Uncertain about its ability to raise more investment capital, Plug Power, currently building a hydrogen fuel cell plant in WNY STAMP informed the Security and Exchange Commission in a filing on Friday that it may not have the ability to remain a "going concern" over the next 12 months.
The Latham-based company started selling public stock in 1999 and has never reported a profit, which is not unusual for early-stage start-ups.
The company is working on several options to raise more capital, such as "various financing solutions from third parties with a particular focus on corporate level debt solutions, investment tax credit related project financings and loan guarantee programs, and/or large scale hydrogen generation infrastructure project financing."
The net losses for Plug Power in the third quarter were $0.47 per share for the third quarter, steeper than the $0.30-per-share loss expected by analysts.
In the filing, the company emphasizes the uncertainty of the effort.
"Those plans are not final and are subject to market and other conditions not within the Company’s control," the company stated in the filing. "As such, there can be no assurance that the Company will be successful in obtaining sufficient funding. Accordingly, management has concluded under the accounting standards that these plans do not alleviate substantial doubt about the Company’s ability to continue as a going concern.
News of the weaker-than-expected earnings report and the liquity problems drove Plug Power's stock price down from $5.93 per share to $3.53 per share.
Plug Power's chief financial officer, Paul Middleton, according to Yahoo Finance, characterized the wording of SEC filing as language required by standard accounting principles but the company remains confident about its future.
"It's a lot more conservative obviously than what we feel like," Middleton added. "But I have a $5 billion balance sheet that's unlevered. I mean, I really don't have any debt. So, we still are extremely confident about the range of parties and solutions that we're working with."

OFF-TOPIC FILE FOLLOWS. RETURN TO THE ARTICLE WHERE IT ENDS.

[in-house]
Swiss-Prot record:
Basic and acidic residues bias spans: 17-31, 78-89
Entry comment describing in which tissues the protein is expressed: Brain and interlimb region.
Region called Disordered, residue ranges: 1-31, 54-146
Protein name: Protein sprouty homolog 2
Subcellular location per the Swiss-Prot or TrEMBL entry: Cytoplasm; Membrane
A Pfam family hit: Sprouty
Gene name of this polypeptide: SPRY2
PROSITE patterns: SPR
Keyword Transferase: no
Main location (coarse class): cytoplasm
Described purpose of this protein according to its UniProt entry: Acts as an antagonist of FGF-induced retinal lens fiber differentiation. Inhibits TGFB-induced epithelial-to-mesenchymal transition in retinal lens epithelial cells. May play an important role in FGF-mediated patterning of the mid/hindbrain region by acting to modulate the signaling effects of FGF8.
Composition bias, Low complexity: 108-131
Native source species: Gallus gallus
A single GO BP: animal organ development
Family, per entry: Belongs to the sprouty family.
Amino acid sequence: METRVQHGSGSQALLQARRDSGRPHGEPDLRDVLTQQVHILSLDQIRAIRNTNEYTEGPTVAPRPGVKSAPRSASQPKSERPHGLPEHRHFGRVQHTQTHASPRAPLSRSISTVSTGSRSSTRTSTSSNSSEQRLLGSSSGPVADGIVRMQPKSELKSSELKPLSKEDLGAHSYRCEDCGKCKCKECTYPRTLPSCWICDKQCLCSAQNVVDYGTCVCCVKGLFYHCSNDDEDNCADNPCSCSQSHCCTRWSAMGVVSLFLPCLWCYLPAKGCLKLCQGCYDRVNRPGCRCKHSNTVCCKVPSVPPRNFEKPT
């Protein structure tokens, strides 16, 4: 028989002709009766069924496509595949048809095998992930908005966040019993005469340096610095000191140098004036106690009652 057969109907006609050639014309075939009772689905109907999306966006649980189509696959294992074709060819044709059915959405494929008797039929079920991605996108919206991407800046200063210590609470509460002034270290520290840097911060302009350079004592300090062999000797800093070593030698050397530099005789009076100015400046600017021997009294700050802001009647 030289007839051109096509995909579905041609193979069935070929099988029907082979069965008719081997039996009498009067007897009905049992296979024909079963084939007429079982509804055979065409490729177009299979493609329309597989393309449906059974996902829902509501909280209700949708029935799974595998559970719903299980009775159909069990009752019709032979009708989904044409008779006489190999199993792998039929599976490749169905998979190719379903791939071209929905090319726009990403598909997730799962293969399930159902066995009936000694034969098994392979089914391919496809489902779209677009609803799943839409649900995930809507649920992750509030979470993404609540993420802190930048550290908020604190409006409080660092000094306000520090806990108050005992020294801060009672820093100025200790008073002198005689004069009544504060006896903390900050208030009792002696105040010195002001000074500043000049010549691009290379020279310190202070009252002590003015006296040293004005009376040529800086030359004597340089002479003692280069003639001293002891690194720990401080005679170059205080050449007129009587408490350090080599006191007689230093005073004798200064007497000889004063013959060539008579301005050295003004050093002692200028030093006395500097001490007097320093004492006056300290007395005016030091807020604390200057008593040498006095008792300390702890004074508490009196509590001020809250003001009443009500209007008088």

The Company’s working capital was $1.3 billion as of Sept. 30, In addition, the company has available-for-sale securities and equity securities of $388.8 million and $67.8 million, respectively.
The company stated that it "expects to generate operating losses for the foreseeable future as it continues to devote significant resources to expand its current production and manufacturing capacity, construct hydrogen plants, and fund the acquisition of additional inventory to deliver our end-products and related services."
CEO said in an earnings call that the third quarter was difficult.
"Over the past several months, there have been enormous challenges associated with the availability of hydrogen, primarily due to downed plants, including our Tennessee facility, and temporary plant outages across the entire hydrogen network," he said.
According to reports in early October, Plug Power is considered a strong contender for a portion of $7 billion in federal grants for alternative energy projects. In 2019, the federal government committed $4 million to the company.
Plug Power is building a $290 million fuel cell plant at STAMP in the Town of Alabama. The company is being (most of the funding is contingent on completion of the project) financially backed by the Genesee County Economic Development Center and New York State.
A GCEDC official did not immediately respond to a request for comment on the SEC filing.
Here is the full paragraph of a key statement in the filing:
These conditions and events raise substantial doubt about the Company’s ability to continue as a going concern. In accordance with Accounting Standards Update ("ASU") No. 2014-15, “Disclosure of Uncertainties about an Entity’s Ability to Continue as a Going Concern (Subtopic 205-40),” management has evaluated whether there are conditions and events, considered in the aggregate, that raise substantial doubt about the Company’s ability to continue as a going concern within one year after the date of the condensed consolidated financial statements are issued and has determined that the Company’s ability to continue as a going concern is dependent on its ability to raise additional capital. To alleviate the conditions and events that raise substantial doubt about the Company’s ability to continue as a going concern, management is currently evaluating several different options to enhance the Company’s liquidity position, including the sale of securities, the incurrence of debt, or other financing alternatives. The Company’s plan includes various financing solutions from third parties with a particular focus on corporate-level debt solutions, investment tax credit-related project financings and loan guarantee programs, and/or large-scale hydrogen generation infrastructure project financing. Those plans are not final and are subject to market and other conditions not within the Company’s control. As such, there can be no assurance that the Company will be successful in obtaining sufficient funding. Accordingly, management has concluded under the accounting.